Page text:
Founder and CEO of Use Your Difference Magazine, Tayo Rockson believes in a global identity. Upon discovering the definition of a Third Culture Kid (TCK), Tayo realized his diverse background was shared amongst a growing community around the world. In an effort to connect that community, he wrote The Ultimate Guide to TCK Living, and is now heading a podcast of the same name and a blog on his personal website.
What would you say you do in life? What do you think has most contributed to your present career?
I run a media company called UYD Media and I speak, write and produce a lot of media content. I think my passion for educating people about other cultures led to my current career.
Judging by your website tagline, and much of your online writing, you’re a proud TCK. So how did you first find out about the concept? What makes you proud to be one?
I was scrolling through something on Facebook on Twitter or Facebook sometime last year and I came across the BuzzFeed article titled 31 Signs You’re A Third Culture Kid and I immediately got curious about that so I clicked on it and BOOM! I felt like someone was describing me. The great thing about BuzzFeed is that they use a lot of humorous GIFs to express their points and this was no exception. If you have the chance check it out.
To answer your second question? It was a complete game changer for me. Just knowing that there was a word that described who I was. It gave me something to identify with. I was already comfortable with my identity but just knowing that there was a word that describes you brings some sense of satisfaction. It also let me know that I was not alone and I immediately started seeking other fellow TCKs.I am proud to know that I can truly identify with several cultures and in a way I can be an educator of sorts and build cultural gaps.
Tell us about your newest venture, Use Your Difference Mag. How did it come to life? What purpose does it serve, and what kind of individuals do you anticipate working with in it?
Last year before I launched my podcast, I started thinking about different ways I could make a difference and it dawned on me that a lot of the problems in the world are caused by people not willing to embrace change. Whether it’s religious strife or ethnic genocides or racism, a lot of people today tend to want to stay in their lane. I come from a country that can’t seem to get past its differences whether it comes to tribal groups and religion and having grown up in several countries I started to notice that there are varying degrees of intolerance and discrimination based on people’s backgrounds, color or difference and that this lack of willingness to adopt change and embrace diversity is the reason for a majority of a lot of the problems we have.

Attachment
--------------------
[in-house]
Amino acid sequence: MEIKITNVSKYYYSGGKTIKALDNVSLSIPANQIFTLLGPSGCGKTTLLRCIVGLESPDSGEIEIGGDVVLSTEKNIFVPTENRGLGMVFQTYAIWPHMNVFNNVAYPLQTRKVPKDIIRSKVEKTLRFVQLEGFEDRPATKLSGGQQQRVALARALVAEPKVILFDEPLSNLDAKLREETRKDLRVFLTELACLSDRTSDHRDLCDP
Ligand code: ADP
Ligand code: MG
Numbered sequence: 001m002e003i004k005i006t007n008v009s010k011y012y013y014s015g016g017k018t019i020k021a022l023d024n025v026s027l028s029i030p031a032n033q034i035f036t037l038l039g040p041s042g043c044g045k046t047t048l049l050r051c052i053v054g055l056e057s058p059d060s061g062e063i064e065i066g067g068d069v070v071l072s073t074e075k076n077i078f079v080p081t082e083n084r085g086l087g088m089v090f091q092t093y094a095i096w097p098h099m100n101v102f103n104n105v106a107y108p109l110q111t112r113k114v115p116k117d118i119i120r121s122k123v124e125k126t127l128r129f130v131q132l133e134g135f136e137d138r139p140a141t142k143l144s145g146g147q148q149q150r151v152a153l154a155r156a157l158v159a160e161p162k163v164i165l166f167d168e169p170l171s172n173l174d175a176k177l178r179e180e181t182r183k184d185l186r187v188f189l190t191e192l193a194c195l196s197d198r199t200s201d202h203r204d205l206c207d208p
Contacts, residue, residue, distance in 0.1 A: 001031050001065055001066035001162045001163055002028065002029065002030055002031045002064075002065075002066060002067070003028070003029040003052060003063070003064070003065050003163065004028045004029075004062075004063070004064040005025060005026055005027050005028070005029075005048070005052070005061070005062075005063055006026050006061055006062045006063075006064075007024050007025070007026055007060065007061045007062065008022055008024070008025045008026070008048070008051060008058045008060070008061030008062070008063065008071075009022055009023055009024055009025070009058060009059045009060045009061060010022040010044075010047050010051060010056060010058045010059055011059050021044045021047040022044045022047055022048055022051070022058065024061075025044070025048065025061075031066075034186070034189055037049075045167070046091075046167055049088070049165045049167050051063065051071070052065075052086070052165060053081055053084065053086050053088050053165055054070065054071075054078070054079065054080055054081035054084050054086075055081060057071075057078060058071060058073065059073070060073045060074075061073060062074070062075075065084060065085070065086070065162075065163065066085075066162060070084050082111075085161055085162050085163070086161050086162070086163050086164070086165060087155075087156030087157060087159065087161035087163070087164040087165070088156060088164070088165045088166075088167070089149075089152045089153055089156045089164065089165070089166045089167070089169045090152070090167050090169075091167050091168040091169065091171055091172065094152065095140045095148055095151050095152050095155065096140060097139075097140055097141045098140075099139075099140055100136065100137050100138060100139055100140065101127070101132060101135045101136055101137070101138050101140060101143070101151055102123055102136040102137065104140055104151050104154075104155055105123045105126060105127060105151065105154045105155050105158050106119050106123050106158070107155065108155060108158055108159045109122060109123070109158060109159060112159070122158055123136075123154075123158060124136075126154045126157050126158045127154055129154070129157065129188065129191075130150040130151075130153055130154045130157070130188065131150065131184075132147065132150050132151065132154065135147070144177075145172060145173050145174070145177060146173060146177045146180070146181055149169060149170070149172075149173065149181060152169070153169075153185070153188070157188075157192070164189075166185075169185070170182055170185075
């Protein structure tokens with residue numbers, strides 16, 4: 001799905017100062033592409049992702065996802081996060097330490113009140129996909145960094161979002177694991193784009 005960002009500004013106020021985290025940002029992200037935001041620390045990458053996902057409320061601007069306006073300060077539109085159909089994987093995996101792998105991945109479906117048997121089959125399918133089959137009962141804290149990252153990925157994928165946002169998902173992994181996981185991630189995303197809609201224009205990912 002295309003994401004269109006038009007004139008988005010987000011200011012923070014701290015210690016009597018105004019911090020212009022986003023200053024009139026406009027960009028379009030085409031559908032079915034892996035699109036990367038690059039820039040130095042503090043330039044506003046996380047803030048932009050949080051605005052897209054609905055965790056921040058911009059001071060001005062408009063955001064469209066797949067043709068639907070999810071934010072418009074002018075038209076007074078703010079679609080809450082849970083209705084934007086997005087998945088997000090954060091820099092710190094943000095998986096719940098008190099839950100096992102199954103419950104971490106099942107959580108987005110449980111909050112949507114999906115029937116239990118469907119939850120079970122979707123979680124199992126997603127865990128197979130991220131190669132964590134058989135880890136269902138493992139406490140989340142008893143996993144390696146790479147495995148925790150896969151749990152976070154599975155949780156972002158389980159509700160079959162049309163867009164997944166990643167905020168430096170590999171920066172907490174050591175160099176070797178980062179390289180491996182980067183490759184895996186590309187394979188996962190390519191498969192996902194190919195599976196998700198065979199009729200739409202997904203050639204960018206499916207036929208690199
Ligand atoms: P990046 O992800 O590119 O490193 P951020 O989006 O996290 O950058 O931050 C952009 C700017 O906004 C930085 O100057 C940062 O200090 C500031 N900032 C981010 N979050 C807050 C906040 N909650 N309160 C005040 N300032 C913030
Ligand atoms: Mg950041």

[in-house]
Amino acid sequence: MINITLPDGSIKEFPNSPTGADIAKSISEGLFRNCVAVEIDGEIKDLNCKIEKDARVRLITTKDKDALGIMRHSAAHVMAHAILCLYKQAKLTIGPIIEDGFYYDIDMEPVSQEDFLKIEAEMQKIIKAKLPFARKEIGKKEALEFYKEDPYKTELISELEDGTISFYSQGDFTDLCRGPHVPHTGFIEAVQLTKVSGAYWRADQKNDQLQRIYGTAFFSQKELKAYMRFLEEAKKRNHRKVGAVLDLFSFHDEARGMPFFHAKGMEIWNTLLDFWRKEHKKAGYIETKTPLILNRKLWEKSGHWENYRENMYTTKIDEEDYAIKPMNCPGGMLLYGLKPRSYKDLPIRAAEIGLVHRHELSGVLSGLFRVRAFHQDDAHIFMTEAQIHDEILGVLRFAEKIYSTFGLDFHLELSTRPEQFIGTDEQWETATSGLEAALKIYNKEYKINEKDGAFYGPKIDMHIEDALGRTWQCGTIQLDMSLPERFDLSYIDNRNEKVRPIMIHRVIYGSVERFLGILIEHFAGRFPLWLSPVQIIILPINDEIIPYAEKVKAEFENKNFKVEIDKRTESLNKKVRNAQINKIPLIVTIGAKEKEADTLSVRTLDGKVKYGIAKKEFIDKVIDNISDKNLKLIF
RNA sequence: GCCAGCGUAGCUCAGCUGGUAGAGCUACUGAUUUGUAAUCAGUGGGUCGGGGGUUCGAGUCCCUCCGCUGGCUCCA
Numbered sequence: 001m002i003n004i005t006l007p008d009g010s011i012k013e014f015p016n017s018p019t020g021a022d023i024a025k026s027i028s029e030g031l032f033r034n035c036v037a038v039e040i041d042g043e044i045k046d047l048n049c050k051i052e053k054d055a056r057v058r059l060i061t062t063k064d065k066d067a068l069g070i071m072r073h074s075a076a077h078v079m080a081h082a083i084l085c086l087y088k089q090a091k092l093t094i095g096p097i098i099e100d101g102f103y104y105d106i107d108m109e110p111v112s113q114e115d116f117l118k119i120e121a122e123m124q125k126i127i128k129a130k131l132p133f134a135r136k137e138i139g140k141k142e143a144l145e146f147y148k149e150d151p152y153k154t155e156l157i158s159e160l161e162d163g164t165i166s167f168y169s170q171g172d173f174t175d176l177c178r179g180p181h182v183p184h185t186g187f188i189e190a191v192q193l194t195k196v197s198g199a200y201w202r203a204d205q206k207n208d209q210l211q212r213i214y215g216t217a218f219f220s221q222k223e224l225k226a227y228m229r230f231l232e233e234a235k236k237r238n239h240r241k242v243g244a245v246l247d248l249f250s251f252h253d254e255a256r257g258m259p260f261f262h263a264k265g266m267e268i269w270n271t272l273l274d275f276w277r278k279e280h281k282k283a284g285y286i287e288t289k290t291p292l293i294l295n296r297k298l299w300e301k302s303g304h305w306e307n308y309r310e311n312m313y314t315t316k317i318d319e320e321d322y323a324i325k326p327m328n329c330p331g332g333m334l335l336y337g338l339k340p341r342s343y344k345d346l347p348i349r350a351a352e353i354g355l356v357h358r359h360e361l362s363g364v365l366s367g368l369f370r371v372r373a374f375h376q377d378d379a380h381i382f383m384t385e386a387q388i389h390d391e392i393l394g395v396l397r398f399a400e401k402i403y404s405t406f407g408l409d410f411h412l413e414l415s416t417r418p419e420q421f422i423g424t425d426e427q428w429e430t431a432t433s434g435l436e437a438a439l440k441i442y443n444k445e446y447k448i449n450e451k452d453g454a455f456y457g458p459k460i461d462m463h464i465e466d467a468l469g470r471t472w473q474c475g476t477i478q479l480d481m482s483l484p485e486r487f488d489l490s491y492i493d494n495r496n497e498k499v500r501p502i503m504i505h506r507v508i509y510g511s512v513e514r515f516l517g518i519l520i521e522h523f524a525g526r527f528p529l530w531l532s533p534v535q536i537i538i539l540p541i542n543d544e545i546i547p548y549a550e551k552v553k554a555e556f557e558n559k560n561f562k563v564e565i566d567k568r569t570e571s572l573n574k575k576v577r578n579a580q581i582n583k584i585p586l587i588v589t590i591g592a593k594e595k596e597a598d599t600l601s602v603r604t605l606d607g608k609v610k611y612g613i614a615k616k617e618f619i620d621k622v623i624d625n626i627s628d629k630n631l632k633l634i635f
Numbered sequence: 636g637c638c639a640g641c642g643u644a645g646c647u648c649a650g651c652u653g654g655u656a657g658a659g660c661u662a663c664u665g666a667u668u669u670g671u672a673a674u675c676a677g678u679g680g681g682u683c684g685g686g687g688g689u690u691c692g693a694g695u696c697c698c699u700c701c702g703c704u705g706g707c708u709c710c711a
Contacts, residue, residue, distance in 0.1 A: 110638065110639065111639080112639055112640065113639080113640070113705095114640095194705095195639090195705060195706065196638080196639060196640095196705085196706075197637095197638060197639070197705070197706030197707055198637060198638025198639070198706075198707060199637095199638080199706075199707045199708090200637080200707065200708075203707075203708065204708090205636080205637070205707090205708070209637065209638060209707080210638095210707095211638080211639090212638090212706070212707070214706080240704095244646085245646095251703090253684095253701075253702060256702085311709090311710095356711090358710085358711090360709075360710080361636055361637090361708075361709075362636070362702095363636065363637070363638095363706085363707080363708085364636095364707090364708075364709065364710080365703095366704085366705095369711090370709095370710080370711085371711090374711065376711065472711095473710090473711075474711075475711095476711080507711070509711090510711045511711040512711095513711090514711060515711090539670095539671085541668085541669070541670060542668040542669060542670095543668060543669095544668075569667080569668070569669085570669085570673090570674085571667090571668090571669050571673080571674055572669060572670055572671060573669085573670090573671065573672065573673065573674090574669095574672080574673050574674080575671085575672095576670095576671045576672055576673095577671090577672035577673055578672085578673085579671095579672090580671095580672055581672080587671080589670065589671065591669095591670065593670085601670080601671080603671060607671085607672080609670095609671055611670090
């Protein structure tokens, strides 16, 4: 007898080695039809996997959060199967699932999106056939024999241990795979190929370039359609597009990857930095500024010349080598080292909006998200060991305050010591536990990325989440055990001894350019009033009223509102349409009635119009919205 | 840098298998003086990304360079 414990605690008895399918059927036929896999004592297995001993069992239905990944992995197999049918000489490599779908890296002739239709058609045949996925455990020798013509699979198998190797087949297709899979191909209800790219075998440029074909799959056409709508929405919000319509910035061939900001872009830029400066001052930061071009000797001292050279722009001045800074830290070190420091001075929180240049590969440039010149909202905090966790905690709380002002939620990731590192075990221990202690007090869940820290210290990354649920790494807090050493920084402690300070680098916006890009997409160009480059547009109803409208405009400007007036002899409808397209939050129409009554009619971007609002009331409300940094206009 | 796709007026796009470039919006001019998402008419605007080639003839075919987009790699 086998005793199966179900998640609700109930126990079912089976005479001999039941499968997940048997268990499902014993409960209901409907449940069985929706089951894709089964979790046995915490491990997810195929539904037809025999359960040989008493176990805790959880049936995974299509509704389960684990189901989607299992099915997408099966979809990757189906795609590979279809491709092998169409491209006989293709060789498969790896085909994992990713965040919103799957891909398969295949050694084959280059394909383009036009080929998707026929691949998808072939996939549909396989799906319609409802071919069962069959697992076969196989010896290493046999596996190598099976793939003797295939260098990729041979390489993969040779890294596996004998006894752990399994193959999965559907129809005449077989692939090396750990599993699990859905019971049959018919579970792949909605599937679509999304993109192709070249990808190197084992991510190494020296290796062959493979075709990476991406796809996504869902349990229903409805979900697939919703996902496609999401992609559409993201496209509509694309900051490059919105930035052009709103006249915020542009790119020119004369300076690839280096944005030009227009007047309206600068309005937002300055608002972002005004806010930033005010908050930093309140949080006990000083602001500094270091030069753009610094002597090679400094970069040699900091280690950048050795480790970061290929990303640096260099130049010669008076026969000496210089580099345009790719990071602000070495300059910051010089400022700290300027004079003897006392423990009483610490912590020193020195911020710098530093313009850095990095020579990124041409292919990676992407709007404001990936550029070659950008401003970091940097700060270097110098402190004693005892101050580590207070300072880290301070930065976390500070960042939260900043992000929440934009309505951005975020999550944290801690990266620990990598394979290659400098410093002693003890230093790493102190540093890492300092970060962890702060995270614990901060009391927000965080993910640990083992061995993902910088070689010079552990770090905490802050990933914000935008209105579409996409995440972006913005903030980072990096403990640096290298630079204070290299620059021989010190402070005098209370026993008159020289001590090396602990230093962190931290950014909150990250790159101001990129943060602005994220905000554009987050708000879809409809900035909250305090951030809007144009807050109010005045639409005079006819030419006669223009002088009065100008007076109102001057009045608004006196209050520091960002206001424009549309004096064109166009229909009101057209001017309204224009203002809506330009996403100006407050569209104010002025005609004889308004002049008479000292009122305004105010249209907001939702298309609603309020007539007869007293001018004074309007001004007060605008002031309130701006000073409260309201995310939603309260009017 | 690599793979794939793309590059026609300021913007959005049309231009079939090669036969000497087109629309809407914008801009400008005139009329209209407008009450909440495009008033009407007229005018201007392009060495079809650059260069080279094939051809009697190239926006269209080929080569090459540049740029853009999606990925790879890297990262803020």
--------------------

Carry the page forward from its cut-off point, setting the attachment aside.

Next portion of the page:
Think about it. Religious wars are caused by one group wanting another group to either adopt a new way of thinking or a willingness to wipe “unbelievers” from their environment. Racism is caused by a false sense of superiority based on the color of people’s skin. Ethnic problems are caused by beliefs and stereotypes that have been passed on from generation to generation about how and why certain groups cannot coexist. The common denominator in all these situations is the lack of willingness to embrace change so out of my frustration so I decided to do something about it. I created a platform that targets the youth and millennials while they are still in their formative years and educate them on what the world is really like. My team and I gather content that highlights multicultural individuals all over the world and show what culture is really like in different parts of the world. It is my hope that with this platform people will be inspired to embrace what makes them different and go about making a difference and maybe even change the world as the next set of global leaders.